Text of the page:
Shropshire Star

CLA backs new powers to tackle livestock worrying

Proposals to give police greater powers to respond to incidents of dogs attacking or chasing livestock have been welcomed.

Victoria Vyvyan, CLA President

Livestock worrying – when dogs chase, attack, or cause distress to livestock – can result in significant injury and suffering and, in the worst cases, the death of the animals involved.

The incidents are also distressing for livestock keepers and can have significant financial costs.

Conservative former environment secretary Therese Coffey wants to introduce a series of measures designed to make it easier for police to catch offenders and secure more prosecutions connected to livestock worrying.

The Dogs (Protection of Livestock) (Amendment) Bill applies to England and Wales and revives plans paused by the Government last year.

The Bill has Government backing and received an unopposed second reading last week.

Now the Country Land and Business Association has backed the plans.

President Victoria Vyvyan said: "The CLA has long lobbied for greater powers for police to tackle livestock worrying and welcomes this announcement.

“Attacks on livestock cause great distress to farmers and threaten their livelihood. Farm animals worth £1 million were killed or injured by dogs in 2022, a 50% increase since 2019.

“As lambing season approaches, the CLA is telling dog owners that they must keep their dogs under close control, especially near livestock, and to stick to public rights of way. If you see an incident please report it to police.”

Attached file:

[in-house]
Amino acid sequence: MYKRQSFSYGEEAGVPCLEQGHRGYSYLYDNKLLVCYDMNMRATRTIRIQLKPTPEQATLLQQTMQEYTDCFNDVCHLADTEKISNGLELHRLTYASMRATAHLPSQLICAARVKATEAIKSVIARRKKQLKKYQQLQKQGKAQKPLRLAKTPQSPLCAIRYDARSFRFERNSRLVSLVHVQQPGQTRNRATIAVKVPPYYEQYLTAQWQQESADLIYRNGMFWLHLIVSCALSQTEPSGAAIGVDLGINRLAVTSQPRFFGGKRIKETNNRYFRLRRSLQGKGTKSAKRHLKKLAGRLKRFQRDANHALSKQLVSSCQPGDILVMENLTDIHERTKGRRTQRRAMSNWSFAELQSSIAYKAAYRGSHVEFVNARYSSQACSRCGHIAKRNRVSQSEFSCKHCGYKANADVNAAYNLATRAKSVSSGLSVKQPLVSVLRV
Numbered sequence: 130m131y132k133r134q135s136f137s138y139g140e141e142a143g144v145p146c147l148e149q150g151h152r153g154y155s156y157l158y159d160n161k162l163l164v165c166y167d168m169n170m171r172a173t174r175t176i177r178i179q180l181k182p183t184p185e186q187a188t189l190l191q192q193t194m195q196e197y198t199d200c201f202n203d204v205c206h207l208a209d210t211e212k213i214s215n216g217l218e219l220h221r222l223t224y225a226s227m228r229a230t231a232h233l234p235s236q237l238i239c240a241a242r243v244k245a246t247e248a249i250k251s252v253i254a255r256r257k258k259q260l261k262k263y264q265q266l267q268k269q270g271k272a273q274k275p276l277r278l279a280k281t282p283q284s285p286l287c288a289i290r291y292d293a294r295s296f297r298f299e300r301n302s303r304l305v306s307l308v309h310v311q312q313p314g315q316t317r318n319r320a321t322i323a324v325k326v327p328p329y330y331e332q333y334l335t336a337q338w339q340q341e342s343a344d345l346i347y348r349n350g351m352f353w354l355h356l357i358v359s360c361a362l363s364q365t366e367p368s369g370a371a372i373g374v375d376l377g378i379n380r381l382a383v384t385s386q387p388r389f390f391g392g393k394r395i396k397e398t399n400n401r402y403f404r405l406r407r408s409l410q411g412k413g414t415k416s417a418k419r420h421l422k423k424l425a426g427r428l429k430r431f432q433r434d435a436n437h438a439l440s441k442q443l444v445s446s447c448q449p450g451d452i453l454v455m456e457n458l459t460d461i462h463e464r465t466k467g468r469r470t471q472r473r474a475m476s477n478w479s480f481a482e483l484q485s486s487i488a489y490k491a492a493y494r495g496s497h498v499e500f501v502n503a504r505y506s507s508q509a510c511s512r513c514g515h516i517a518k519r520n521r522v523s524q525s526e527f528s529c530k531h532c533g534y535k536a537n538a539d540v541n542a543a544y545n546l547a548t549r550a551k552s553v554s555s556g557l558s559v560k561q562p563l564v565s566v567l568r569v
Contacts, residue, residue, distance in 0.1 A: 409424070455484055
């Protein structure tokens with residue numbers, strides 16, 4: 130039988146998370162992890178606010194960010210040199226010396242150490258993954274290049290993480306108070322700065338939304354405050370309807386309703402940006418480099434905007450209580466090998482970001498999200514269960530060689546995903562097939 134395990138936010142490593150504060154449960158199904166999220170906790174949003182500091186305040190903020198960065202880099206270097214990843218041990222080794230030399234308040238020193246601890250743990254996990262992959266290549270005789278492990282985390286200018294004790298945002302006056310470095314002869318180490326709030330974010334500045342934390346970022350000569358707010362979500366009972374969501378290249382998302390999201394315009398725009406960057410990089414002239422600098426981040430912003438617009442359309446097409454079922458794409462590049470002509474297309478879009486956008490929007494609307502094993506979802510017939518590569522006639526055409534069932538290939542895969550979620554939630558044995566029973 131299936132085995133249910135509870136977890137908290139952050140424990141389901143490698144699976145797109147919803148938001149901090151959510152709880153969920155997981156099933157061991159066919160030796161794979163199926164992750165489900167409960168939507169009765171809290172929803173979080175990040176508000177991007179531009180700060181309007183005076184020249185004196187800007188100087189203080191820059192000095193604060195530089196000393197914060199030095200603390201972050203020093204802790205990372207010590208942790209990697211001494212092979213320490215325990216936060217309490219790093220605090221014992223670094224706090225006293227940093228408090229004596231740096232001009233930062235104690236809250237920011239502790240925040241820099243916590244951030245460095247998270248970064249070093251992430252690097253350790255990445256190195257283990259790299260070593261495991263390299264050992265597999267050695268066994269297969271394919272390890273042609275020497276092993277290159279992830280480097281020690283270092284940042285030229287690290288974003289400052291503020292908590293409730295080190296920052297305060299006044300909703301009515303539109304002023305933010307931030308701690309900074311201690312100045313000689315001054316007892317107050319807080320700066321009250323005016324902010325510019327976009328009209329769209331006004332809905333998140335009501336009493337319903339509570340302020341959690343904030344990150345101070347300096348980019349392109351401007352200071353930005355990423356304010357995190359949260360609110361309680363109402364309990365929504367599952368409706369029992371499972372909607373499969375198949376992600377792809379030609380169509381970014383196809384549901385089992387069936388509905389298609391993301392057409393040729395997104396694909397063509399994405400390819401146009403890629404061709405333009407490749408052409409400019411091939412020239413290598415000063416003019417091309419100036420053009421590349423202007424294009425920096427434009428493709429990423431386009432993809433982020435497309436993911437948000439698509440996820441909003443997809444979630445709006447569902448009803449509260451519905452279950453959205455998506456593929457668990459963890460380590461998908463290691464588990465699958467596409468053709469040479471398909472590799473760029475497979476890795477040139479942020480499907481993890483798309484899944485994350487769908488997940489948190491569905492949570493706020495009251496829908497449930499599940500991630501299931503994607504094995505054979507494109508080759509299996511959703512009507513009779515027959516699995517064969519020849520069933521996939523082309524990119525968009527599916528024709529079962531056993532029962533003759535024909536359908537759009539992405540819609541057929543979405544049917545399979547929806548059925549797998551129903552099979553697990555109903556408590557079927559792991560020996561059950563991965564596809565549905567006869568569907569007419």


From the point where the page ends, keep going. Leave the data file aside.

Dr Thérèse Coffey MP said: “We have heard from the police that they need more up to date powers to help them identify the dogs that are attacking and worrying livestock, and subsequently their owners. It is great to get out and enjoy nature, but dog owners should be careful and ideally put their dogs on a lead when on or near a working farm to avoid such attacks.”

Farming Minister Mark Spencer added: “Livestock worrying has a devastating impact, causing distress to farmers and their animals, as well as the financial implications.

“This Bill will crack down on this issue, widening the scope to protect more farm animals covered by law and giving police more powers to act. We will do all we can to support its swift passage through Parliament.”

The Bill will undergo further scrutiny at a later stage.

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